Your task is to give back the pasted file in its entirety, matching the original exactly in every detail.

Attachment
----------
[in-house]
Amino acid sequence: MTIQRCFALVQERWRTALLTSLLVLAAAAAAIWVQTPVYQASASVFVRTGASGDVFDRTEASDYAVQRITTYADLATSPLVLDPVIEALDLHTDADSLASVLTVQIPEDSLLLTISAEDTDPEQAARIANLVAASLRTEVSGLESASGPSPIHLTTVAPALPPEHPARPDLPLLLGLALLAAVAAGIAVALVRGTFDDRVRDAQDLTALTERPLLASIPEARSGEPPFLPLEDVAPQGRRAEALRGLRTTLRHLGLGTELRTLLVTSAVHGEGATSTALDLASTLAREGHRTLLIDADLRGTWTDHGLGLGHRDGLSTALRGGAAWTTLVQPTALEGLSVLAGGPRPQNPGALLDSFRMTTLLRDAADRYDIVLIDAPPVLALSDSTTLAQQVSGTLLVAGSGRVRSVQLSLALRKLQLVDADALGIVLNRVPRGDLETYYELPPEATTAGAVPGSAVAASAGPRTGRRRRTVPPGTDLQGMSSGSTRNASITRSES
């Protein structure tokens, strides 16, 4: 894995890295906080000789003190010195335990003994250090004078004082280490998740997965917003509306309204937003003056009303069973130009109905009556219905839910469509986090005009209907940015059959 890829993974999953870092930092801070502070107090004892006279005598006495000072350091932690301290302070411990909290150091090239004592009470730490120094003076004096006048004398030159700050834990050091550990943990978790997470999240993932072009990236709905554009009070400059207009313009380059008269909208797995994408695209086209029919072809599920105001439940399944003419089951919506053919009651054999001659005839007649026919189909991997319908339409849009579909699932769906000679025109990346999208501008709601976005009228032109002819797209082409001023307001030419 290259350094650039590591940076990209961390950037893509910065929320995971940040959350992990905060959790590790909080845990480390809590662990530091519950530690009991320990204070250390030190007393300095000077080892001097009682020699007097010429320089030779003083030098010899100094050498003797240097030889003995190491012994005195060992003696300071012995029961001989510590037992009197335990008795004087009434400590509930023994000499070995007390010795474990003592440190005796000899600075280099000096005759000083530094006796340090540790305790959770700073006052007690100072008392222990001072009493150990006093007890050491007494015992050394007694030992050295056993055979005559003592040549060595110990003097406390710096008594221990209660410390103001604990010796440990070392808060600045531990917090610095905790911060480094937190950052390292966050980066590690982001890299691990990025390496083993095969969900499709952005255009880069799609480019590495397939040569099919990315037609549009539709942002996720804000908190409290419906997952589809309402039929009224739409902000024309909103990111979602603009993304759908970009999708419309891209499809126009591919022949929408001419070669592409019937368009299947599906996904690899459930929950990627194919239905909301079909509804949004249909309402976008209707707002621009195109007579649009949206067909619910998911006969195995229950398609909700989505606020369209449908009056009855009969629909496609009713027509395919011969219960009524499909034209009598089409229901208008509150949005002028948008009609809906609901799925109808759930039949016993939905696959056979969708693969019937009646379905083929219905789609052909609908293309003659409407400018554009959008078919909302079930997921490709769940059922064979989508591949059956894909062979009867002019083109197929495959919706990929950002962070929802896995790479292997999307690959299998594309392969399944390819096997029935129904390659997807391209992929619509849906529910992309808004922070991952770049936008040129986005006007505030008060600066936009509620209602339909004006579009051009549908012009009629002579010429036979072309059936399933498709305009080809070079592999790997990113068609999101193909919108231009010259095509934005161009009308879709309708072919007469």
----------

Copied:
[in-house]
Amino acid sequence: MTIQRCFALVQERWRTALLTSLLVLAAAAAAIWVQTPVYQASASVFVRTGASGDVFDRTEASDYAVQRITTYADLATSPLVLDPVIEALDLHTDADSLASVLTVQIPEDSLLLTISAEDTDPEQAARIANLVAASLRTEVSGLESASGPSPIHLTTVAPALPPEHPARPDLPLLLGLALLAAVAAGIAVALVRGTFDDRVRDAQDLTALTERPLLASIPEARSGEPPFLPLEDVAPQGRRAEALRGLRTTLRHLGLGTELRTLLVTSAVHGEGATSTALDLASTLAREGHRTLLIDADLRGTWTDHGLGLGHRDGLSTALRGGAAWTTLVQPTALEGLSVLAGGPRPQNPGALLDSFRMTTLLRDAADRYDIVLIDAPPVLALSDSTTLAQQVSGTLLVAGSGRVRSVQLSLALRKLQLVDADALGIVLNRVPRGDLETYYELPPEATTAGAVPGSAVAASAGPRTGRRRRTVPPGTDLQGMSSGSTRNASITRSES
């Protein structure tokens, strides 16, 4: 894995890295906080000789003190010195335990003994250090004078004082280490998740997965917003509306309204937003003056009303069973130009109905009556219905839910469509986090005009209907940015059959 890829993974999953870092930092801070502070107090004892006279005598006495000072350091932690301290302070411990909290150091090239004592009470730490120094003076004096006048004398030159700050834990050091550990943990978790997470999240993932072009990236709905554009009070400059207009313009380059008269909208797995994408695209086209029919072809599920105001439940399944003419089951919506053919009651054999001659005839007649026919189909991997319908339409849009579909699932769906000679025109990346999208501008709601976005009228032109002819797209082409001023307001030419 290259350094650039590591940076990209961390950037893509910065929320995971940040959350992990905060959790590790909080845990480390809590662990530091519950530690009991320990204070250390030190007393300095000077080892001097009682020699007097010429320089030779003083030098010899100094050498003797240097030889003995190491012994005195060992003696300071012995029961001989510590037992009197335990008795004087009434400590509930023994000499070995007390010795474990003592440190005796000899600075280099000096005759000083530094006796340090540790305790959770700073006052007690100072008392222990001072009493150990006093007890050491007494015992050394007694030992050295056993055979005559003592040549060595110990003097406390710096008594221990209660410390103001604990010796440990070392808060600045531990917090610095905790911060480094937190950052390292966050980066590690982001890299691990990025390496083993095969969900499709952005255009880069799609480019590495397939040569099919990315037609549009539709942002996720804000908190409290419906997952589809309402039929009224739409902000024309909103990111979602603009993304759908970009999708419309891209499809126009591919022949929408001419070669592409019937368009299947599906996904690899459930929950990627194919239905909301079909509804949004249909309402976008209707707002621009195109007579649009949206067909619910998911006969195995229950398609909700989505606020369209449908009056009855009969629909496609009713027509395919011969219960009524499909034209009598089409229901208008509150949005002028948008009609809906609901799925109808759930039949016993939905696959056979969708693969019937009646379905083929219905789609052909609908293309003659409407400018554009959008078919909302079930997921490709769940059922064979989508591949059956894909062979009867002019083109197929495959919706990929950002962070929802896995790479292997999307690959299998594309392969399944390819096997029935129904390659997807391209992929619509849906529910992309808004922070991952770049936008040129986005006007505030008060600066936009509620209602339909004006579009051009549908012009009629002579010429036979072309059936399933498709305009080809070079592999790997990113068609999101193909919108231009010259095509934005161009009308879709309708072919007469």